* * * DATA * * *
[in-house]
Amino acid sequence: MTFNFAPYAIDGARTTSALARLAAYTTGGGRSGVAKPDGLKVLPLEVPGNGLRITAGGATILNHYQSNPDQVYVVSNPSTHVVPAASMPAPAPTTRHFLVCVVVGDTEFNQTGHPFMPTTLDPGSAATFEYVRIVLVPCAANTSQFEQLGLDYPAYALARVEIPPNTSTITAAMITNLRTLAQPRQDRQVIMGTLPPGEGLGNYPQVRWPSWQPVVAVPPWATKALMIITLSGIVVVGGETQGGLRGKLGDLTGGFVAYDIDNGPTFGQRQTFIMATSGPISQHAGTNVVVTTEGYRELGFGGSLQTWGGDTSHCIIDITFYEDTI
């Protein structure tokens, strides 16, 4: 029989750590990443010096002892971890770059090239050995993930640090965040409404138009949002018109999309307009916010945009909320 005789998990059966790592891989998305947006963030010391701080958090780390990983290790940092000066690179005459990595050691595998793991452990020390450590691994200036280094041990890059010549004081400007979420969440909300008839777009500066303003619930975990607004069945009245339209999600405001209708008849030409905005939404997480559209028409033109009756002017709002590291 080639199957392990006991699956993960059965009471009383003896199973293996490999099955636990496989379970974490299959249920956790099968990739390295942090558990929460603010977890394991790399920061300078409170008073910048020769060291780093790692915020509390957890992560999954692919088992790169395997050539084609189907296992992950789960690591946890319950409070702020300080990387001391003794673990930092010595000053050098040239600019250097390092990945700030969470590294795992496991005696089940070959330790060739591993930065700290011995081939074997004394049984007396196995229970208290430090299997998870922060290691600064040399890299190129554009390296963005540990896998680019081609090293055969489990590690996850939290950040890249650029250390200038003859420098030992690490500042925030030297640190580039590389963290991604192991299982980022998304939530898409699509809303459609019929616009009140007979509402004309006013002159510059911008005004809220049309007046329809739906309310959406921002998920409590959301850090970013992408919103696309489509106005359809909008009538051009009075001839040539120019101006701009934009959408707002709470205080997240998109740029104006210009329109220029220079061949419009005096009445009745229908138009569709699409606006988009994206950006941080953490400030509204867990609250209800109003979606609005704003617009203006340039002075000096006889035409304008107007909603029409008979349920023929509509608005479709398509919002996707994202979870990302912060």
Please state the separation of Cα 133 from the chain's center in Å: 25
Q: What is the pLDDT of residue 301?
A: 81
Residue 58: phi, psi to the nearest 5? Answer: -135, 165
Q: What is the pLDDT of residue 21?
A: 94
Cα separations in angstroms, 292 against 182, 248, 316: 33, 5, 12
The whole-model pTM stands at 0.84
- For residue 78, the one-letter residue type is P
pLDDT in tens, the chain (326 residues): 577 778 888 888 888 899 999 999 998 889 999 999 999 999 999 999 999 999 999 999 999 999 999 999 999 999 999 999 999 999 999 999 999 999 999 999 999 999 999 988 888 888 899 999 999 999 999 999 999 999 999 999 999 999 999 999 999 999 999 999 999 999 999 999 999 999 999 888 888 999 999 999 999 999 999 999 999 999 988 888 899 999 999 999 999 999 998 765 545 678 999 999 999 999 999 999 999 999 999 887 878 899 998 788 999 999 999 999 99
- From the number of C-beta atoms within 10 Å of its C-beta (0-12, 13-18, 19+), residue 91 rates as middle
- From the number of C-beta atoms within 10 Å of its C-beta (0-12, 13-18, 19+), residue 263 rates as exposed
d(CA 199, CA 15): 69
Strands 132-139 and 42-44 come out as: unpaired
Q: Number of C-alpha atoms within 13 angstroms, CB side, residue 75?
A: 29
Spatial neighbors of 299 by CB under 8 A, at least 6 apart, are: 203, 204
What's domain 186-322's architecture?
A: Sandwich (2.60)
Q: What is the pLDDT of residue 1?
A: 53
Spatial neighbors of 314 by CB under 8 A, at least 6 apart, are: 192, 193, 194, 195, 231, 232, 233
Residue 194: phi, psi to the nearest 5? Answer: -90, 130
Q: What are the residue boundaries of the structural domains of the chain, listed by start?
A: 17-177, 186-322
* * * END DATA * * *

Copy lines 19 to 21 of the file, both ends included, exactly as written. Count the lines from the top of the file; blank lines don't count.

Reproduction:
A: 29
Spatial neighbors of 299 by CB under 8 A, at least 6 apart, are: 203, 204
What's domain 186-322's architecture?